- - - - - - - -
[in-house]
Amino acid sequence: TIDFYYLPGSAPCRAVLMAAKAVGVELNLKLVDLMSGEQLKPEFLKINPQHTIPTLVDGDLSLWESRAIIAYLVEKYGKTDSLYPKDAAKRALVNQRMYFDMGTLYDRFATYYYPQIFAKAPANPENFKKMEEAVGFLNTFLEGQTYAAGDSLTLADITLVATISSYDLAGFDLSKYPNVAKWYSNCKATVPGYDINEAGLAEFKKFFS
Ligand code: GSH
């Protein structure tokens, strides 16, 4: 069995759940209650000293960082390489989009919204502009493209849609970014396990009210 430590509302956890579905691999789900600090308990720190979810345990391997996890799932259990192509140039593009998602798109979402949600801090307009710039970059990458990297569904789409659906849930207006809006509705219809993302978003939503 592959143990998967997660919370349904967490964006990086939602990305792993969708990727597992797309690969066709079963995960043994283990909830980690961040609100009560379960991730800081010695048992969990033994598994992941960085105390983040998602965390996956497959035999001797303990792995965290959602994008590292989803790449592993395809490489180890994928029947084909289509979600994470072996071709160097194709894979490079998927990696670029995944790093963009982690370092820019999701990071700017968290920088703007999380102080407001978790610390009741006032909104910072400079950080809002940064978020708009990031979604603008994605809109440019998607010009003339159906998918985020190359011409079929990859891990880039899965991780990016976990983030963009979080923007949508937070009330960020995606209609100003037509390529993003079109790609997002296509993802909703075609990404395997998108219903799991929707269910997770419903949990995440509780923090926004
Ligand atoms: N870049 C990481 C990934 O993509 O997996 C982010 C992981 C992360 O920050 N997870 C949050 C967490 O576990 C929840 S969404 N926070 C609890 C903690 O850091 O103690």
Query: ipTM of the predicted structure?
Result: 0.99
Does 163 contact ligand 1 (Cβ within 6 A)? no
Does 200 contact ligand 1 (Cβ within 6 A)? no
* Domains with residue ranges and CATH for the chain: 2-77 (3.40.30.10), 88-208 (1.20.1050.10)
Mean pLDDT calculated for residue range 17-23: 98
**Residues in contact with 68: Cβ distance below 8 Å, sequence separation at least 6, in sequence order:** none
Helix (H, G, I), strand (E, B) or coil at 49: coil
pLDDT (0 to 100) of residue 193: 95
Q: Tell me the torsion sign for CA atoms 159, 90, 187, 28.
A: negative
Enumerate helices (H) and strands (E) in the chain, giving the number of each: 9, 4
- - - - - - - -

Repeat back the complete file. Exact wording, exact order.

[in-house]
Amino acid sequence: TIDFYYLPGSAPCRAVLMAAKAVGVELNLKLVDLMSGEQLKPEFLKINPQHTIPTLVDGDLSLWESRAIIAYLVEKYGKTDSLYPKDAAKRALVNQRMYFDMGTLYDRFATYYYPQIFAKAPANPENFKKMEEAVGFLNTFLEGQTYAAGDSLTLADITLVATISSYDLAGFDLSKYPNVAKWYSNCKATVPGYDINEAGLAEFKKFFS
Ligand code: GSH
């Protein structure tokens, strides 16, 4: 069995759940209650000293960082390489989009919204502009493209849609970014396990009210 430590509302956890579905691999789900600090308990720190979810345990391997996890799932259990192509140039593009998602798109979402949600801090307009710039970059990458990297569904789409659906849930207006809006509705219809993302978003939503 592959143990998967997660919370349904967490964006990086939602990305792993969708990727597992797309690969066709079963995960043994283990909830980690961040609100009560379960991730800081010695048992969990033994598994992941960085105390983040998602965390996956497959035999001797303990792995965290959602994008590292989803790449592993395809490489180890994928029947084909289509979600994470072996071709160097194709894979490079998927990696670029995944790093963009982690370092820019999701990071700017968290920088703007999380102080407001978790610390009741006032909104910072400079950080809002940064978020708009990031979604603008994605809109440019998607010009003339159906998918985020190359011409079929990859891990880039899965991780990016976990983030963009979080923007949508937070009330960020995606209609100003037509390529993003079109790609997002296509993802909703075609990404395997998108219903799991929707269910997770419903949990995440509780923090926004
Ligand atoms: N870049 C990481 C990934 O993509 O997996 C982010 C992981 C992360 O920050 N997870 C949050 C967490 O576990 C929840 S969404 N926070 C609890 C903690 O850091 O103690």
Query: ipTM of the predicted structure?
Result: 0.99
Does 163 contact ligand 1 (Cβ within 6 A)? no
Does 200 contact ligand 1 (Cβ within 6 A)? no
* Domains with residue ranges and CATH for the chain: 2-77 (3.40.30.10), 88-208 (1.20.1050.10)
Mean pLDDT calculated for residue range 17-23: 98
**Residues in contact with 68: Cβ distance below 8 Å, sequence separation at least 6, in sequence order:** none
Helix (H, G, I), strand (E, B) or coil at 49: coil
pLDDT (0 to 100) of residue 193: 95
Q: Tell me the torsion sign for CA atoms 159, 90, 187, 28.
A: negative
Enumerate helices (H) and strands (E) in the chain, giving the number of each: 9, 4